COLD (Chapter One)


She came home that night looking out of place. She looked as if she had done the job that was meant to be partitioned and done by hundred people. Her look was the direct opposite of what she left home with about thirteen hours ago when she left for her office. The kerosene lantern placed in front of the 14″ coloured tubed television was slowly burning that you could barely see the the lines in the palms of your hands.

The lantern was reduced to produce such dim light just to preserve the kerosene and to enable it burn longer. Nonetheless, the forlorn darkness in the living room was sent into extinct.

I could see grimace on her face. It was just one of the uncountable nights from office. She was dog tired. The Mary K and other make up she wore in the morning were washing down that you could see lines of sweat running through her face from her forehead like the mark left behind by a score of earthworms on a rainy day. She struggled to open the sliding door made of glass and aluminum – used to frame up the fragile door. I quickly dashed down to the door and effortlessly opened it for her to come in. ” Welcome ma”, I went down on my knees to greet her. Doing this wasn’t just a custom in this house. It meant another thing that I will probably talk about if need be. She couldn’t open her mouth to give a response. Though she nodded her head in acknowledgement to my greetings.

Adebimpe, the youngest child at home was deep asleep on the three-sitter sofa that criss-crossed with other chairs in the living room. You would have probably mistook her for someone that had just participated in the swimming competition at the Olympics. She already had traces of the night lizard she ate drawn from the corner of her mouth to her jaw. The temperature in the room could poach an egg, and this was visible on ‘Bimpe as she sweat profusely even while deeply asleep.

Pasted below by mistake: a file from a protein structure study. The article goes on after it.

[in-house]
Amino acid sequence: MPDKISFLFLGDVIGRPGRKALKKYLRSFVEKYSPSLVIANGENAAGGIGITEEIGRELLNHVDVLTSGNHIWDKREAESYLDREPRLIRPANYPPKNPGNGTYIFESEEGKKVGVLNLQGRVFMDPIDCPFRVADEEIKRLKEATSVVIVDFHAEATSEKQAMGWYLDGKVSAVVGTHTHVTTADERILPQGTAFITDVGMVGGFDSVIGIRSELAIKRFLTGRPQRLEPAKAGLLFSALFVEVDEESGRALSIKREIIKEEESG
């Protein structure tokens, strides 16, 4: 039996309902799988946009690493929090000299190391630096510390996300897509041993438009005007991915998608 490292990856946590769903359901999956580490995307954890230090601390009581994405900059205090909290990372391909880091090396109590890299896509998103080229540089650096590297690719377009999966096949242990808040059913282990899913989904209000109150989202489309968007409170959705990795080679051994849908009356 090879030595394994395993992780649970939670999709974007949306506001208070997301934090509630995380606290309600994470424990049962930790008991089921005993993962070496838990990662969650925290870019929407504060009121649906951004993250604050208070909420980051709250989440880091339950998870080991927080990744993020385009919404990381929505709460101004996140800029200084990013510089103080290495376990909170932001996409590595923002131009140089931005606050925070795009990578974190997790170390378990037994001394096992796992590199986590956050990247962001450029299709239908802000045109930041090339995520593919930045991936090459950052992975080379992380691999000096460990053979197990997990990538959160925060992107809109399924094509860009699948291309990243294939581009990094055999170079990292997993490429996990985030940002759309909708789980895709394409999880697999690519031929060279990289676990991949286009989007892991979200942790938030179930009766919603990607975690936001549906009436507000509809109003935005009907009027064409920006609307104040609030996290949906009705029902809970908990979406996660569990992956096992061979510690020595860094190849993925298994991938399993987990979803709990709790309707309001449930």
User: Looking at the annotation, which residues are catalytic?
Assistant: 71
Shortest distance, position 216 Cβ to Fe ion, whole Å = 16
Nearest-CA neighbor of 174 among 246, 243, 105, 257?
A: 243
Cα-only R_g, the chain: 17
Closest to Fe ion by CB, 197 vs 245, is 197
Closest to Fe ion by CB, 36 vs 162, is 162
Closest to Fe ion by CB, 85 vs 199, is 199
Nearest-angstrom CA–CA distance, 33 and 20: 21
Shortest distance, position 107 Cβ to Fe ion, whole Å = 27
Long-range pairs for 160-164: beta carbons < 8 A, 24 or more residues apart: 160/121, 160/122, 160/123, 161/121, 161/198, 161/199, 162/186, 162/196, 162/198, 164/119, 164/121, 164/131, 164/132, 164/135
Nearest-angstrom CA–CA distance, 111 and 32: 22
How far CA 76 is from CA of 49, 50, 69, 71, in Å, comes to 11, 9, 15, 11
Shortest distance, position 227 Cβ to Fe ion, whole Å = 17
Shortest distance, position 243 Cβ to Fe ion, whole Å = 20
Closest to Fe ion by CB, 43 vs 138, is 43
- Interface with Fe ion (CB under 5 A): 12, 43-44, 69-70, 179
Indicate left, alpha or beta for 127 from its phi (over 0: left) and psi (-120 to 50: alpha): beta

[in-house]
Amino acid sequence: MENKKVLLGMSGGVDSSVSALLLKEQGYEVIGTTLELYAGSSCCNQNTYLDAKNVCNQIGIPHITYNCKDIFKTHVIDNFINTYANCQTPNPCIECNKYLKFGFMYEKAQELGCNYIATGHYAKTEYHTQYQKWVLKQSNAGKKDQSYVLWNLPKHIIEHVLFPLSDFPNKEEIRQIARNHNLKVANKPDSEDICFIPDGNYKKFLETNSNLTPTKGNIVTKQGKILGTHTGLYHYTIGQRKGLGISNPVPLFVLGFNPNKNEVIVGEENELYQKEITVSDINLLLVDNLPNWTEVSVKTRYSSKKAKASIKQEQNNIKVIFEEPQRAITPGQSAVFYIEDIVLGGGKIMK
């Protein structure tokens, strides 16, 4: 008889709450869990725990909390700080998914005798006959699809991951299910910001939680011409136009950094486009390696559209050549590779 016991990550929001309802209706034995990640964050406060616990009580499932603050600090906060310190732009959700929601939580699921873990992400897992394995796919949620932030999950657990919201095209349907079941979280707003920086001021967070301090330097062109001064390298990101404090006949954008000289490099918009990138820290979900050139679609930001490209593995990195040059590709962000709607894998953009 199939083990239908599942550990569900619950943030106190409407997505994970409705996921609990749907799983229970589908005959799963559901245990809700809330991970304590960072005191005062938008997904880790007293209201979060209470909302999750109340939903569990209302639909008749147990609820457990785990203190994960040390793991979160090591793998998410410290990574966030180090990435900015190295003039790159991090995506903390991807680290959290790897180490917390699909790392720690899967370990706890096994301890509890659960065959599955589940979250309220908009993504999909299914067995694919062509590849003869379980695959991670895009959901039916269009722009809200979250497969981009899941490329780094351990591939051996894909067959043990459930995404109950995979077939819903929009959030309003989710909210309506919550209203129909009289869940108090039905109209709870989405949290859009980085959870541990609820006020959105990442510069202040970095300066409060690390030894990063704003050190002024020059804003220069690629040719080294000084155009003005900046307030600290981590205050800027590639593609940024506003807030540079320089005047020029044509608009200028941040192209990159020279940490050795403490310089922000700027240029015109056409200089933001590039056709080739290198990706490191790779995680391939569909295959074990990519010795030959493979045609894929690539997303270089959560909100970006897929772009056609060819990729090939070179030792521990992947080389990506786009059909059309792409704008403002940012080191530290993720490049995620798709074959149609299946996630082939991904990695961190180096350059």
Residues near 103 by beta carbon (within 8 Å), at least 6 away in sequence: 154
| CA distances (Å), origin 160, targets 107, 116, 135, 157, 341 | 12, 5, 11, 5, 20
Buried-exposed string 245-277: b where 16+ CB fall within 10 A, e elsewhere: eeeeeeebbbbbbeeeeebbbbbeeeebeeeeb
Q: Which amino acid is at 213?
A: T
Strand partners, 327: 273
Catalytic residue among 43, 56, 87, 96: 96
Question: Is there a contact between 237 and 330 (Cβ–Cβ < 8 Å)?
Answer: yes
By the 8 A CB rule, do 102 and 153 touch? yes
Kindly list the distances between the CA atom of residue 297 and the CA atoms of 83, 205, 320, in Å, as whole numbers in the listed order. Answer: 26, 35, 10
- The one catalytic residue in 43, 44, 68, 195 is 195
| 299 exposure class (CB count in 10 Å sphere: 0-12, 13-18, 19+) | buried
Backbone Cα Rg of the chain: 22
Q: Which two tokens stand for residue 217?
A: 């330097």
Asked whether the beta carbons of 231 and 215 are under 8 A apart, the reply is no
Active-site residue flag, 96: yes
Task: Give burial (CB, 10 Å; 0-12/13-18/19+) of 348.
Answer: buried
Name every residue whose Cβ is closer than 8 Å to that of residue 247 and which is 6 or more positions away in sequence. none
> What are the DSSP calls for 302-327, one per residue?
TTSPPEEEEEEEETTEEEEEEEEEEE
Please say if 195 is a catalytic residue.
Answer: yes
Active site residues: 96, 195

Mama snailed towards one of the chairs in the living room as she flung her shoes from her legs, which went stray and into nowhere in particular. Finally, her feet regained the freedom her leg had been deprived of since she left home that morning. The finely knitted gray polyester jacket mixed with cotton on her was thrusted off her body and jettisoned on the three-sitter sofa that the water making factory young ‘Bimpe was lying. In my confused state, I didn’t know the next combination of lines I could make that would descend the once in a blue moon knockout punch Mama normally use on occasions like this. To be on the safe side was to remain mute till she will peradventure starts a conversation.

Just about a fortnight ago, I was beaten blue-black by mama Sholape as mama is popularly called by our neighbours. Why I was mercilessly brutalized by mama still remains a dile-ma encapsulated in mystery for a young lad like me. I only expected just one person to reassure me that I was mistreated for what would have been termed her misdemeanor. She was back from the office and refused to eat th eba and ewedu soup she asked me to prepare before she left home that morning. I had already fed Adebimpe and myself while Mama’s bowl of eba was left on the dinning table. She complained that the ‘iru’ ( the traditional name for locust beans) that I used was the mashed one. She had always admired the sight and the sensation she derived from swallowing eba wrapped in ewedu soup that is filled with ‘iru-woro’ at the expense of ‘iru-pete’ that I used that night.